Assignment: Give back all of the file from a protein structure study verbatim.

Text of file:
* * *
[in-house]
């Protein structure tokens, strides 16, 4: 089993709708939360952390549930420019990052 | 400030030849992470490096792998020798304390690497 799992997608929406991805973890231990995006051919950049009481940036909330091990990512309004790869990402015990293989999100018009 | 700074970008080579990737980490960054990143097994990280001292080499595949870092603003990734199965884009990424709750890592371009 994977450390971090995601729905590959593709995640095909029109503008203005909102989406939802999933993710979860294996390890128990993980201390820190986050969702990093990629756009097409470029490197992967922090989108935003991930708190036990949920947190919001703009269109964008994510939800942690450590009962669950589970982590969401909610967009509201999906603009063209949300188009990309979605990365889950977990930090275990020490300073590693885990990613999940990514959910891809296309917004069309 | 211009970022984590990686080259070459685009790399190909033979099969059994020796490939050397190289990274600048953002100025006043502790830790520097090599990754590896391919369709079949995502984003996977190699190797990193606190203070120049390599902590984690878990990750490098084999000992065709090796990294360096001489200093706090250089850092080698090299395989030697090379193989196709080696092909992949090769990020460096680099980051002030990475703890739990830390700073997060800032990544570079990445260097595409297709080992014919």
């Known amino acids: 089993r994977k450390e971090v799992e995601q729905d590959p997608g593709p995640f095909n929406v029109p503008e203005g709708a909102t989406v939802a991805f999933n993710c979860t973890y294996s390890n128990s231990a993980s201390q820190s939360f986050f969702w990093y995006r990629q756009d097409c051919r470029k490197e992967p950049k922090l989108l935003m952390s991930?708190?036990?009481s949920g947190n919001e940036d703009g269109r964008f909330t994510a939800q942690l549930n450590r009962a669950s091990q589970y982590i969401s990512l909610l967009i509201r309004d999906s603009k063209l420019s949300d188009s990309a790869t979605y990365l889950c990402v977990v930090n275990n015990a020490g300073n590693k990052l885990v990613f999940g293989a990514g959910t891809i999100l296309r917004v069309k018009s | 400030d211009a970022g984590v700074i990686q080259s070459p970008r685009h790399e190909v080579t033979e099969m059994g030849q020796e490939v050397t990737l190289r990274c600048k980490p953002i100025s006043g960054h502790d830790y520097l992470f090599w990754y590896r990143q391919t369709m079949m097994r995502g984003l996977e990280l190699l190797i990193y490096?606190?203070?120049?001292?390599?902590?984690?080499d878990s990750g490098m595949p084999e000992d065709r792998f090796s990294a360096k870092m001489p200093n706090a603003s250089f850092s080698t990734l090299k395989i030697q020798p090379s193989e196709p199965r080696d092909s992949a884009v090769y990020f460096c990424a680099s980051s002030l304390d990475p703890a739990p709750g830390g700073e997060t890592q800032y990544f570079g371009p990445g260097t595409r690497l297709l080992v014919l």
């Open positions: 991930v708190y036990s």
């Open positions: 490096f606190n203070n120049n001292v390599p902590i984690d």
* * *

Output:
[in-house]
């Protein structure tokens, strides 16, 4: 089993709708939360952390549930420019990052 | 400030030849992470490096792998020798304390690497 799992997608929406991805973890231990995006051919950049009481940036909330091990990512309004790869990402015990293989999100018009 | 700074970008080579990737980490960054990143097994990280001292080499595949870092603003990734199965884009990424709750890592371009 994977450390971090995601729905590959593709995640095909029109503008203005909102989406939802999933993710979860294996390890128990993980201390820190986050969702990093990629756009097409470029490197992967922090989108935003991930708190036990949920947190919001703009269109964008994510939800942690450590009962669950589970982590969401909610967009509201999906603009063209949300188009990309979605990365889950977990930090275990020490300073590693885990990613999940990514959910891809296309917004069309 | 211009970022984590990686080259070459685009790399190909033979099969059994020796490939050397190289990274600048953002100025006043502790830790520097090599990754590896391919369709079949995502984003996977190699190797990193606190203070120049390599902590984690878990990750490098084999000992065709090796990294360096001489200093706090250089850092080698090299395989030697090379193989196709080696092909992949090769990020460096680099980051002030990475703890739990830390700073997060800032990544570079990445260097595409297709080992014919």
């Known amino acids: 089993r994977k450390e971090v799992e995601q729905d590959p997608g593709p995640f095909n929406v029109p503008e203005g709708a909102t989406v939802a991805f999933n993710c979860t973890y294996s390890n128990s231990a993980s201390q820190s939360f986050f969702w990093y995006r990629q756009d097409c051919r470029k490197e992967p950049k922090l989108l935003m952390s991930?708190?036990?009481s949920g947190n919001e940036d703009g269109r964008f909330t994510a939800q942690l549930n450590r009962a669950s091990q589970y982590i969401s990512l909610l967009i509201r309004d999906s603009k063209l420019s949300d188009s990309a790869t979605y990365l889950c990402v977990v930090n275990n015990a020490g300073n590693k990052l885990v990613f999940g293989a990514g959910t891809i999100l296309r917004v069309k018009s | 400030d211009a970022g984590v700074i990686q080259s070459p970008r685009h790399e190909v080579t033979e099969m059994g030849q020796e490939v050397t990737l190289r990274c600048k980490p953002i100025s006043g960054h502790d830790y520097l992470f090599w990754y590896r990143q391919t369709m079949m097994r995502g984003l996977e990280l190699l190797i990193y490096?606190?203070?120049?001292?390599?902590?984690?080499d878990s990750g490098m595949p084999e000992d065709r792998f090796s990294a360096k870092m001489p200093n706090a603003s250089f850092s080698t990734l090299k395989i030697q020798p090379s193989e196709p199965r080696d092909s992949a884009v090769y990020f460096c990424a680099s980051s002030l304390d990475p703890a739990p709750g830390g700073e997060t890592q800032y990544f570079g371009p990445g260097t595409r690497l297709l080992v014919l």
């Open positions: 991930v708190y036990s």
């Open positions: 490096f606190n203070n120049n001292v390599p902590i984690d």